Christian Arabs lost their demographic and political control of Lebanon years ago. The presidency, by custom held by a Maronite Christian, has been vacant since November 2007. The previously disenfranchised Shi'ite Arab majority has overwhelmed the Sunni Arabs, even as Prime Minister Fouad Siniora, a Sunni, hangs onto power.
Hizbullah has become the major player inside Lebanon. Its roots date back to the 1970s, when a dynamic Iranian-born (Arab) imam, Musa al-Sadr, began mobilizing Lebanon's Shi'ites for social, political and economic equality. The 1979 revolution in (Persian) Iran greatly empowered Lebanon's Shi'ite Arabs.
Initially, the Shi'ites did not oppose the IDF's operations against Palestinian terrorists in south Lebanon, and the PLO was indeed defeated there. But whether because of Israeli blunders or Iranian successes, Hizbullah has long since morphed into a menacing foe of the Jewish state.
THIS BRINGS us back to Hizbullah's military build-up. One would have thought that Hassan Nasrallah would be deterred from launching another unprovoked attack given the millions of dollars in damage Lebanon suffered when Israel struck back after its soldiers were kidnapped in what became the Second Lebanon War. But Iran has deep pockets, and building a global caliphate doesn't come cheap.
Moreover, notwithstanding Israeli assertions that hundreds of Hizbullah fighters were killed in that war, a US military study reportedly places the death toll at "only" 184. That's a "martyr" toll the Hizbullah-supporting Shi'ites appear well able to absorb. Anyway, Nasrallah answers to a higher authority. If Iran is becoming jittery over the possibility that Syria might truly move out of its orbit, there's nothing like a war with Israel to reshuffle the deck.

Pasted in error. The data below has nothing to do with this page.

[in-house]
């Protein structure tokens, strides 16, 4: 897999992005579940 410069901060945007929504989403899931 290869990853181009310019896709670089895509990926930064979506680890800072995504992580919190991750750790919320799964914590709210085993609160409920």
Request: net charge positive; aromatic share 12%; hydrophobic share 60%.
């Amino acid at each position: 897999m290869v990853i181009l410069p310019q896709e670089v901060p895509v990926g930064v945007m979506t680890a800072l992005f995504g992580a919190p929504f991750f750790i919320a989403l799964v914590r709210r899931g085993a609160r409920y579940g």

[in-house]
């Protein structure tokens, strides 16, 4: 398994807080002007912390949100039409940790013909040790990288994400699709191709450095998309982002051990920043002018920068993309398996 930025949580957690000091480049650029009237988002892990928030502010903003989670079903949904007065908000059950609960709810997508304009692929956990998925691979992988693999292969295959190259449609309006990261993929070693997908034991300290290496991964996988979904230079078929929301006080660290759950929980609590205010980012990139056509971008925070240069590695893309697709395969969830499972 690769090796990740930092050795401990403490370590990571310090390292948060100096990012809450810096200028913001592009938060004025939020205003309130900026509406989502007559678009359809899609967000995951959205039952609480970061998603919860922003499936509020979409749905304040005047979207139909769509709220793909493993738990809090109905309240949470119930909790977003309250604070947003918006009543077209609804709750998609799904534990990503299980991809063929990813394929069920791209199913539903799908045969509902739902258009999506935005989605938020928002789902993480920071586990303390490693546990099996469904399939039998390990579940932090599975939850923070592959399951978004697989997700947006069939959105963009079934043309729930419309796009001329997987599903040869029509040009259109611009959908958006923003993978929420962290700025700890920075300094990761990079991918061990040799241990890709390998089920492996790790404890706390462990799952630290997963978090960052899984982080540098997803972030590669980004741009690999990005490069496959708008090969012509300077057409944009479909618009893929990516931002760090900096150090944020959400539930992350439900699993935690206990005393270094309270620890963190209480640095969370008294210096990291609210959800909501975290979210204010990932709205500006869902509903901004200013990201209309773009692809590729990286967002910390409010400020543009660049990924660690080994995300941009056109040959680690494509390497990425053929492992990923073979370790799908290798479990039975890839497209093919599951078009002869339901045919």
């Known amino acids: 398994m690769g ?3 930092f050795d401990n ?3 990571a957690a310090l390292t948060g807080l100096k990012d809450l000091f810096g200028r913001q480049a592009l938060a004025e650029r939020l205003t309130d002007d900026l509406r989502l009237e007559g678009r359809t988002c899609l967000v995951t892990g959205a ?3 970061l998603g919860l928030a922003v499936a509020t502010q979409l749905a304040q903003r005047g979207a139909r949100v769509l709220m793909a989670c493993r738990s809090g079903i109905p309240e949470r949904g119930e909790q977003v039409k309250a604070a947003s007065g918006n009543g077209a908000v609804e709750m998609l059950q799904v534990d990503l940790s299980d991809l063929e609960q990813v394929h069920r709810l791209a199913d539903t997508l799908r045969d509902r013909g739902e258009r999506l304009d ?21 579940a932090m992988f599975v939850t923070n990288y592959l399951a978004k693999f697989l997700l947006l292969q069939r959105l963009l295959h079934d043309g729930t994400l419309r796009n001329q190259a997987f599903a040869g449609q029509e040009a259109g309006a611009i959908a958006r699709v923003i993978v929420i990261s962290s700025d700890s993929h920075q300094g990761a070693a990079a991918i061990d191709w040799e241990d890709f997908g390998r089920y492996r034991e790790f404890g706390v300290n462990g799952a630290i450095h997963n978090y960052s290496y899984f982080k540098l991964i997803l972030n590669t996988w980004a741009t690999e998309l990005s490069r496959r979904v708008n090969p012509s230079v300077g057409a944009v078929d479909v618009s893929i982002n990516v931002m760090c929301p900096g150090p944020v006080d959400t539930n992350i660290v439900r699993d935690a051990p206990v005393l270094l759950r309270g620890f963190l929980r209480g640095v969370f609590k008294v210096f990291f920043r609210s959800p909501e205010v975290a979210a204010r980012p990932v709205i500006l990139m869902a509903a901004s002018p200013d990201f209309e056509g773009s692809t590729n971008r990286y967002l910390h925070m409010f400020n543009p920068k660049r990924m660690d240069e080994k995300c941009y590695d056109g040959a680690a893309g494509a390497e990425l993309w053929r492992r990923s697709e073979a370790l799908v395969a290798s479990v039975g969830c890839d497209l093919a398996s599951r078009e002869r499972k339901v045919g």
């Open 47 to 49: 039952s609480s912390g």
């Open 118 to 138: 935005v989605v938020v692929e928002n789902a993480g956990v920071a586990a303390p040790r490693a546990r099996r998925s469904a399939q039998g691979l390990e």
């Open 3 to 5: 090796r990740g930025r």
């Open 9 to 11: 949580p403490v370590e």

Hizbullah watcher Guy Bechor, writing at www.gplanet.co.il, does not foresee a Hizbullah assault in the near term. But he doesn't discount the prospect of a large-scale surprise attack down the line. He warns that hundreds of guerrillas could burst through the entire length of the border, seize territory and take hundreds of hostages. Nasrallah could then claim to be the first Arab leader to have successfully invaded "Palestine" since 1948, thus solidifying Hizbullah's hold on the Arab imagination.
With so much attention focused on the Hamas threat and Independence Day security concerns, and given the degree to which Israel was taken by surprise in summer 2006, all we're urging is: Keep an eye on southern Lebanon.